The dazzling patterns on cut glass bowls are created with a series of grinding wheels made of stone or edged with diamond chips. The craftsman starts with a plain bowl, called a blank, that is either pressed or blown to create its shape. This blank glass has a high lead content, making it more stable and giving it a distinctive ring when flicked. The pattern is drawn onto the bowl and then ground out. Identifying cut glass bowl patterns starts with determining the manufacturer, glass quality, blank type, and the pattern motifs.
Determine the blank type from which the bowl is cut. Lightly touch the deepest part of the bowl's pattern. This area is slightly raised when the bowl is cut from a pressed blank and smooth if cut from a blown blank. Some manufacturers only use blown blanks, so you can narrow the search by determining the blank type.
Determine the glass quality. Hold the bowl up to a window during the day and look through the uncut areas. Quality glass is perfectly clear, without distortion of outside objects. If the glass is high-quality, you can narrow down your search to a reputable glassmaker.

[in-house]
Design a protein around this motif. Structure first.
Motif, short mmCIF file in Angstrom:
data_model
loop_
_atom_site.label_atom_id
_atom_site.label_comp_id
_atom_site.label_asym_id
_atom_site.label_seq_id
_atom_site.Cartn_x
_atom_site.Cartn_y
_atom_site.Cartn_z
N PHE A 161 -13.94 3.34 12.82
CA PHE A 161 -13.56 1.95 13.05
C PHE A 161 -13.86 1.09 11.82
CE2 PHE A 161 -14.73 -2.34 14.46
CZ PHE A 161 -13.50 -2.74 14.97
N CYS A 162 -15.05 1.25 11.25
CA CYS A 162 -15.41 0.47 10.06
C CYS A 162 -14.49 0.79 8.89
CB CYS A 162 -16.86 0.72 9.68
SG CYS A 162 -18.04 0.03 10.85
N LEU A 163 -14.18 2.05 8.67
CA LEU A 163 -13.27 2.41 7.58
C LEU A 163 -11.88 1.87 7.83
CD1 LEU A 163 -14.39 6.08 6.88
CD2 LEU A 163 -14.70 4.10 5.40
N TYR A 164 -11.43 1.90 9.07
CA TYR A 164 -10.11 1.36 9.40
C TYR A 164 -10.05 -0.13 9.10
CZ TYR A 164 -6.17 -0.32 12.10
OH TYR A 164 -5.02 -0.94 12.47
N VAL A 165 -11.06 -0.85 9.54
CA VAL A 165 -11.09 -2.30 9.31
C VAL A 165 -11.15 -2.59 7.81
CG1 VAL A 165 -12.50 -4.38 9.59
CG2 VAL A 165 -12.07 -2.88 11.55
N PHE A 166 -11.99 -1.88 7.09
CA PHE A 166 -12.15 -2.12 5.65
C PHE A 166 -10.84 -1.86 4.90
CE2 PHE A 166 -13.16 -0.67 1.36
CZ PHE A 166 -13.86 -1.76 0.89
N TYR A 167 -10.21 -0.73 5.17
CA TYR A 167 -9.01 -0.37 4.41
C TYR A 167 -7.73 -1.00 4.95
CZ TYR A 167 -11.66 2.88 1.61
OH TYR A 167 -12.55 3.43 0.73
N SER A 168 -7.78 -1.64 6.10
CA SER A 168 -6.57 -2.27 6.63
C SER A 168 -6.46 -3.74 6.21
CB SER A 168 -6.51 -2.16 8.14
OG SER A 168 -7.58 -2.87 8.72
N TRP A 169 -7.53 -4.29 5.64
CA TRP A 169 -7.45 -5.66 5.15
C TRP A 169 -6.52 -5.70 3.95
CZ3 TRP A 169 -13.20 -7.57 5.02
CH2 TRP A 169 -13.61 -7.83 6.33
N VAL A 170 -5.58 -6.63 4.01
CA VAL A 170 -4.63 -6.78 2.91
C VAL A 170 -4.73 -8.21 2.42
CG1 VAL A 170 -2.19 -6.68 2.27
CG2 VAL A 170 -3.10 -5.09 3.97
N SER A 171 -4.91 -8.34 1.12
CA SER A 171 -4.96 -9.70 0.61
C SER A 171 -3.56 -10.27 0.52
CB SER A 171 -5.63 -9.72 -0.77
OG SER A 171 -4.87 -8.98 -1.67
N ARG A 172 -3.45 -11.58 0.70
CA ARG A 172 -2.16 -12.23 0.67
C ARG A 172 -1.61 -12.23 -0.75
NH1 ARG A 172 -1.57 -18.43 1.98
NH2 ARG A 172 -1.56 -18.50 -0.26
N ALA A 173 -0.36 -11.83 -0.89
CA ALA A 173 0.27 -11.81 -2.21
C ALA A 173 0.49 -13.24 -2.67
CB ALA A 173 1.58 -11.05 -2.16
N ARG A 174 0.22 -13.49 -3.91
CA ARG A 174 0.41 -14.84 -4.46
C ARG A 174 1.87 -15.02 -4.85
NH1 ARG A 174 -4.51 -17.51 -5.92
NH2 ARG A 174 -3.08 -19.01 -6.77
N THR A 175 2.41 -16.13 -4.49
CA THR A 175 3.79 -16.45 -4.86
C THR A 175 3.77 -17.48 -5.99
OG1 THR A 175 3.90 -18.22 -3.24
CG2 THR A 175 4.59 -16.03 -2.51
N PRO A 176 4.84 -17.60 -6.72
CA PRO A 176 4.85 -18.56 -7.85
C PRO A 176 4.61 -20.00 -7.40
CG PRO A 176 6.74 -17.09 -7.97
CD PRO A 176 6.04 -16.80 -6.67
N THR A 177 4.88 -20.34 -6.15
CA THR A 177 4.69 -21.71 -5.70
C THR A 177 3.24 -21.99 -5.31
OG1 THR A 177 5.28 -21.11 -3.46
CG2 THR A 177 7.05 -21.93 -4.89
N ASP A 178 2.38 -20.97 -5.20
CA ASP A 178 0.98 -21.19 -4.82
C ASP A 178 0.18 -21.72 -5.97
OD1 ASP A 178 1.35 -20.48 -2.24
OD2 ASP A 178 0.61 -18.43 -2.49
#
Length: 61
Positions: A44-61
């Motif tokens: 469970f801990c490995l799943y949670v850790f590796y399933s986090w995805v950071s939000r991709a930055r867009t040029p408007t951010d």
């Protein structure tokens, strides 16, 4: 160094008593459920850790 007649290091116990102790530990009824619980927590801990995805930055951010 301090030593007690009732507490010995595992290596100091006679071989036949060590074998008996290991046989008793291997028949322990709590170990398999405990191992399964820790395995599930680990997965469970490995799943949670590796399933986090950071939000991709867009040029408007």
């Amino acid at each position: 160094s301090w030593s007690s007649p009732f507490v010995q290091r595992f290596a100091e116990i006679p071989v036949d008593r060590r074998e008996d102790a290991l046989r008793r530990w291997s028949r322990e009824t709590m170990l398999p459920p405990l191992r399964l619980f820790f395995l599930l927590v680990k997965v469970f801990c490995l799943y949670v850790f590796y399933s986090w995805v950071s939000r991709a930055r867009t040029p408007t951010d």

Identify the pattern motifs. The pattern comprises a combination of shapes, lines and relief. Write down the recurring shapes such as fans, flowers, a chain of hobstars, or checkered diamonds or squares. There may be several motifs or only one that is repeated with glass colour variations.
Look for the manufacturer's trademark or signature. Many cut glass makers apply a trademark sticker or adic-stamp their logo on the piece.
Determine the signature cuts and patterns. Look at the rim. Glassmaker Pairpoint cuts its rims with a series of crescent-shaped scallops; on Clark bowls, the hobstars fill the diamonds in which they are cut; Sinclaire places moons below the rim line in many of its patterns.
Obtain the manufacturer's catalogue once you have determined the quality of the glass and identified the manufacturer and the motif (for example, a blown blank of high-quality glass with a pattern of recurring hobstars, a mirror star on the bottom and a ripple-cut rim made by Tuthill). Use the manufacturer's catalogue to identify the pattern.